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Tooele County Commissioner Wants “Heavy Fine Structure” for Stericycle

A Tooele County commissioner says he wants to impose regular fees and a penalty fine structure on Stericycle’s proposed medical waste incinerator should the company decide to relocate there.

Commissioner Shawn Milne acknowledges that his community has welcomed businesses in the past that others did not want, but he says commissioners want to ensure that the environment and people are protected.

“We don’t want to just accept any business here carte blanche without any consideration for what long term consequences there might be,” Milne says.

Last year, Stericycle received a Notice of Violationfrom the Utah Division of Air Quality for exceeding permitted levels of some pollutants at its North Salt Lake incinerator. The company is contesting the allegations through an ongoing legal process. Milne says the best way to protect his community from these types of infractions is to appeal to Stericycle’s bottom line.

“We’ve expressed to the company representatives that we’ve interfaced with over the last several months that we want a heavy fine structure,” Milne says. He says the county could impose even tougher regulations than the state, and could charge stiff fines for infractions.

“The intent is not to make money off of a fine. The intent is to have a fine that is so onerous and so untenable that the company would never endeavor to get across the line where they incur a fine,” Milne says.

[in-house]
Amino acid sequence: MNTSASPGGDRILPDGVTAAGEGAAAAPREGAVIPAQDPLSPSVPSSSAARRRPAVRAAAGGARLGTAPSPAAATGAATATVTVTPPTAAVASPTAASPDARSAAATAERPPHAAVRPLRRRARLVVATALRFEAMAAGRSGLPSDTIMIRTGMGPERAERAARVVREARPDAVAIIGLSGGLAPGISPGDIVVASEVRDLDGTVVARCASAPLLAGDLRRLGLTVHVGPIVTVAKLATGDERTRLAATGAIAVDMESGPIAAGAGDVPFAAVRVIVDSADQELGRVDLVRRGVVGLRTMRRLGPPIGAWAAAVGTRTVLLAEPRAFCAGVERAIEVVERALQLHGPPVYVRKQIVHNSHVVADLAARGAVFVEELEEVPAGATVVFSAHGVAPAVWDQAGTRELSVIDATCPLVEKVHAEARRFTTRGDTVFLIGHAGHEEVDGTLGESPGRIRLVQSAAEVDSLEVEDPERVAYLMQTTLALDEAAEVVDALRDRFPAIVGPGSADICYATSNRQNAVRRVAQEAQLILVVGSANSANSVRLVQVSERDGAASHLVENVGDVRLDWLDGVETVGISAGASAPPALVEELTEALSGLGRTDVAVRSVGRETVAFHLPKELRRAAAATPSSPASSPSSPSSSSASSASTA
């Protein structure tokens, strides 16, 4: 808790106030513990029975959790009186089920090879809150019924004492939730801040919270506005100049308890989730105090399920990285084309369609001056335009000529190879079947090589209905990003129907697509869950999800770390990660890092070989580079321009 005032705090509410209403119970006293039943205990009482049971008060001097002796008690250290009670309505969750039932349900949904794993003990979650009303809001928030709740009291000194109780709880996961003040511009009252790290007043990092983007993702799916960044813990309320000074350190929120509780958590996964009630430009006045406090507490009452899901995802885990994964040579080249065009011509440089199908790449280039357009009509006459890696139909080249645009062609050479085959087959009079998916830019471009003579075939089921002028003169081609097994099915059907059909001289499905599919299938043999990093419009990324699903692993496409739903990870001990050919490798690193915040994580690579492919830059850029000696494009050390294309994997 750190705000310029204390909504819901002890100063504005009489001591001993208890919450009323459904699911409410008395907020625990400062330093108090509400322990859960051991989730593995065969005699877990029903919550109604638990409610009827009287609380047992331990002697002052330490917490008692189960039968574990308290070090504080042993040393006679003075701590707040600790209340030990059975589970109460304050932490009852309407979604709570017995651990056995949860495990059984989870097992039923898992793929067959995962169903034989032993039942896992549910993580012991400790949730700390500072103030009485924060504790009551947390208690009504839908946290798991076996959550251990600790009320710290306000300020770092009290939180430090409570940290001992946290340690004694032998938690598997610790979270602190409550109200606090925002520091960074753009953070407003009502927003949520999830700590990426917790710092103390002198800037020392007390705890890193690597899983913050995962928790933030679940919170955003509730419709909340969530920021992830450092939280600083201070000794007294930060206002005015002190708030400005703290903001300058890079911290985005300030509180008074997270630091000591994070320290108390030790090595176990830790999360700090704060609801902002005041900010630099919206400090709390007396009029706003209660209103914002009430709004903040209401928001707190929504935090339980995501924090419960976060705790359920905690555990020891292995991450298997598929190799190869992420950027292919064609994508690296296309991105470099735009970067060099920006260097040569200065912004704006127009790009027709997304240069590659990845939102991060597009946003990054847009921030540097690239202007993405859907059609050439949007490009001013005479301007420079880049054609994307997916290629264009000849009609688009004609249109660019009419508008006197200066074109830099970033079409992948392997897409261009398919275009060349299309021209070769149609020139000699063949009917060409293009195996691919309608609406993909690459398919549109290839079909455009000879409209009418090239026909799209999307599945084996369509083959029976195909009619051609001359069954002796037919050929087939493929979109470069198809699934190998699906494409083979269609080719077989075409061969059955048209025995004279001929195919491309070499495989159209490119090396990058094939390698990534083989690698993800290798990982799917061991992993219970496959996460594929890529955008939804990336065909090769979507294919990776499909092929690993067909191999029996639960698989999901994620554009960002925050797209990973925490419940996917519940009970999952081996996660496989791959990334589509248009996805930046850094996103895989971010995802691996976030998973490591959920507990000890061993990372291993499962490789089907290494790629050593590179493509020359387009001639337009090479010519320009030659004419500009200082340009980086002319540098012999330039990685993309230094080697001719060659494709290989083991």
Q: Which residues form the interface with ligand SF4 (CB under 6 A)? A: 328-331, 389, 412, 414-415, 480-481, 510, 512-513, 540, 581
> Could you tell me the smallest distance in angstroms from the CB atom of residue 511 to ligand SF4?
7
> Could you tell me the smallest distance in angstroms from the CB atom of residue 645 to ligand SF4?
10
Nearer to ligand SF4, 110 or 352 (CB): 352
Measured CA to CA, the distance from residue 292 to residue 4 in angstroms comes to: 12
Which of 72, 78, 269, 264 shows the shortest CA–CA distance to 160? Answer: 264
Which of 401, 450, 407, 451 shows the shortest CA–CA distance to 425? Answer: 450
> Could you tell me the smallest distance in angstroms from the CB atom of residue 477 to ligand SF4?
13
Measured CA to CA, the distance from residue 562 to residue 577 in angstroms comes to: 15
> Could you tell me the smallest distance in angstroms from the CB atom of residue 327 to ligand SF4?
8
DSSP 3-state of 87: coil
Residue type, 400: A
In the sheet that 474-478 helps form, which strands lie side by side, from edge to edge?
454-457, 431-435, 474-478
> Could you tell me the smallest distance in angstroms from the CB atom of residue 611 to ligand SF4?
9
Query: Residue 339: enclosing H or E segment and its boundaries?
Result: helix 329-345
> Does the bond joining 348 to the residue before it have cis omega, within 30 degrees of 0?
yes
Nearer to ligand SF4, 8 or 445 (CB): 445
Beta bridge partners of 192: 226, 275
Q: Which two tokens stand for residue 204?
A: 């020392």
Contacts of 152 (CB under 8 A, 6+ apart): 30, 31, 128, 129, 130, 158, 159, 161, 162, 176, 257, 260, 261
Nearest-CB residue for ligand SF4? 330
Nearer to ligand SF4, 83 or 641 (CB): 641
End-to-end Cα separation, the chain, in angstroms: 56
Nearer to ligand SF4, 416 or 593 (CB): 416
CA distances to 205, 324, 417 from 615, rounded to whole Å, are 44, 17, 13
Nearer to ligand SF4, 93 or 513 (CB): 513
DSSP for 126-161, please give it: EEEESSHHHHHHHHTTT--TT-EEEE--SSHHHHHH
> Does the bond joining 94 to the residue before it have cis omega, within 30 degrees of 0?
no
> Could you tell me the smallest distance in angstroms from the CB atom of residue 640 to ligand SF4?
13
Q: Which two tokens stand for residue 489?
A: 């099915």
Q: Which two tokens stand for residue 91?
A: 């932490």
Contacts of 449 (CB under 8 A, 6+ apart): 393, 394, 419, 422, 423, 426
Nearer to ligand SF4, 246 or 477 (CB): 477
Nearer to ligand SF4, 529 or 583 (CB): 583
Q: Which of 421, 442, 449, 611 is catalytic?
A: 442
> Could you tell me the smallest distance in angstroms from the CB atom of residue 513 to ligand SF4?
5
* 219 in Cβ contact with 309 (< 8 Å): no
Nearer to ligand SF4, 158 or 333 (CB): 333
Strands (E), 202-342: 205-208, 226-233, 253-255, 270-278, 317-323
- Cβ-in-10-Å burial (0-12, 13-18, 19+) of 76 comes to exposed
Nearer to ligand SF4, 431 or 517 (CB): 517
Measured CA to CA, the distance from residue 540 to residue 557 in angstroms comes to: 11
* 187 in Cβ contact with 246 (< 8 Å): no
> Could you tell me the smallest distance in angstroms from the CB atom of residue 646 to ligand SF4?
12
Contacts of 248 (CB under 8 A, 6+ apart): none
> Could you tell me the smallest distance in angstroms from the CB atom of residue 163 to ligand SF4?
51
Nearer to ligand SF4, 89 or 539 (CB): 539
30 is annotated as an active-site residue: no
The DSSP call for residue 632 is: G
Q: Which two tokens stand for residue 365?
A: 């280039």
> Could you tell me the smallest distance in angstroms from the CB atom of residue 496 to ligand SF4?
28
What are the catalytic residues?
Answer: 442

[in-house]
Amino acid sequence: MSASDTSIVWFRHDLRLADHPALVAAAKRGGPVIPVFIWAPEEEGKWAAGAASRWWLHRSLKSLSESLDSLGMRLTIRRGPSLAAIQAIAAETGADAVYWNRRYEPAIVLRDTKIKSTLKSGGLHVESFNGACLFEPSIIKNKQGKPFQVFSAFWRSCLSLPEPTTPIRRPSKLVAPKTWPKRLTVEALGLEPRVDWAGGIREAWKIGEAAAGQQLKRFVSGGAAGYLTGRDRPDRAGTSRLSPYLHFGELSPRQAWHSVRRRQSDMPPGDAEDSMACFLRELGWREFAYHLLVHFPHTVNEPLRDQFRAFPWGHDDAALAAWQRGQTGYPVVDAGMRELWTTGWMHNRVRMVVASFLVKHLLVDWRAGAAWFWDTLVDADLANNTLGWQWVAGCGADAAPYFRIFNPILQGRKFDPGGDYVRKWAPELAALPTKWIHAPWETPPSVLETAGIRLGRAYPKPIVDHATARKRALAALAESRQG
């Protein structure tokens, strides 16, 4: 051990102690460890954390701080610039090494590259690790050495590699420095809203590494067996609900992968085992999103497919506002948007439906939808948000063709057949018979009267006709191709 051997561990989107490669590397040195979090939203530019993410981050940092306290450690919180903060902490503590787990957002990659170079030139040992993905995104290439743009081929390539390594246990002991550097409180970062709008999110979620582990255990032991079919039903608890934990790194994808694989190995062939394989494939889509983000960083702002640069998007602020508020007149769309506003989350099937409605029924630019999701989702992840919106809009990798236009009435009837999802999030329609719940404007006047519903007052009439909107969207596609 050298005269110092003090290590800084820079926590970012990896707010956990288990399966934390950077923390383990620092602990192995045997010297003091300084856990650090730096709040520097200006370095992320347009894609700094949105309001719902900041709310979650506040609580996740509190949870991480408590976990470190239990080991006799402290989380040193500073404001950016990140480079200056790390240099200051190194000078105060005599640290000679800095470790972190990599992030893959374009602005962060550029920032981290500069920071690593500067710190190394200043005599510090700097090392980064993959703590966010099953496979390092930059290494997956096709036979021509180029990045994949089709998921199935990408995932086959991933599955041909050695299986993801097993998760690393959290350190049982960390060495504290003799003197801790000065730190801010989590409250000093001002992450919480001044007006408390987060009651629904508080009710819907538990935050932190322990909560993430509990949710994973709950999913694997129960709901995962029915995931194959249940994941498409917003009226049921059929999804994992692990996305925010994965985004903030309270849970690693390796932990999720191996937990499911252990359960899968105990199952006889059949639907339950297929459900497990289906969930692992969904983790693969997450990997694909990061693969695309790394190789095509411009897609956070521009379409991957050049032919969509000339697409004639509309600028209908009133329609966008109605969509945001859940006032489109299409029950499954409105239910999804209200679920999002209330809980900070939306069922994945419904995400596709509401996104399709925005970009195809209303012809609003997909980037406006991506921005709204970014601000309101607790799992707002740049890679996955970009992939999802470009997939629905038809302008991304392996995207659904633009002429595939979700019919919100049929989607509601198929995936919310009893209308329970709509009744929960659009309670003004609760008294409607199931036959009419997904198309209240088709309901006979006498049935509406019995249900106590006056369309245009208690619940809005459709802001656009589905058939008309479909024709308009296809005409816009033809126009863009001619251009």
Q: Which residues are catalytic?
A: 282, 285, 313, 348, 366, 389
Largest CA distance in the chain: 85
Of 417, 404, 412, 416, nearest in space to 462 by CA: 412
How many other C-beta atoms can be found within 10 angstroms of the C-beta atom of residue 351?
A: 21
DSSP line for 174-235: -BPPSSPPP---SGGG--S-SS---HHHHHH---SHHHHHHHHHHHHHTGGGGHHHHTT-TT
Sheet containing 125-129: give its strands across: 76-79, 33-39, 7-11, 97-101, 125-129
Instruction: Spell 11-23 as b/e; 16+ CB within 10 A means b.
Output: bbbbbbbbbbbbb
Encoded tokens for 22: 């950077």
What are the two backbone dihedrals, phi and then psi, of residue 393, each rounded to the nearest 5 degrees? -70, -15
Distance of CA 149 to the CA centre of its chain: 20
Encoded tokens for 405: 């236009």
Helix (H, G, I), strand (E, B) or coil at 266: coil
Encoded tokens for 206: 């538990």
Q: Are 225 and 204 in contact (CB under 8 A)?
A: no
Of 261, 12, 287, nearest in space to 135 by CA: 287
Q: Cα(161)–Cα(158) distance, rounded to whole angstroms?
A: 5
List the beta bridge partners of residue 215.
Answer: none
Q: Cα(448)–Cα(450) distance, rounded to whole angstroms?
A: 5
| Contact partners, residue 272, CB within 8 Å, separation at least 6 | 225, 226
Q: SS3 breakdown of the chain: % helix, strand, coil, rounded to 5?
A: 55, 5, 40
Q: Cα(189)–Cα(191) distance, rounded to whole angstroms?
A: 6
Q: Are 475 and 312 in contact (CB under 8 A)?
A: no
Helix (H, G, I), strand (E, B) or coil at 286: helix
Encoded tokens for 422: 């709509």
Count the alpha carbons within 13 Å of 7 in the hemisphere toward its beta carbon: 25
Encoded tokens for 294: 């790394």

In addition to a fine structure, Milne says the county would insist that Stericycle pays mitigation fees to offset negative impacts of their industry just as Clean Harbors, Energy Solutions, and Republic Landfill do. Stericycle representatives say they plan to apply for a conditional use permit through the Tooele County planning commission this summer. The details of the fee and penalty structure would be determined during that application process.

Andrea Smardon is new at KUER, but she has worked in public broadcasting for more than a decade. Most recently, she worked as a reporter and news announcer for WGBH radio. While in Boston, she produced stories for Morning Edition, Marketplace Money, and The World. Her print work was published in The Boston Globe and Prior to that, she worked at Seattleââ
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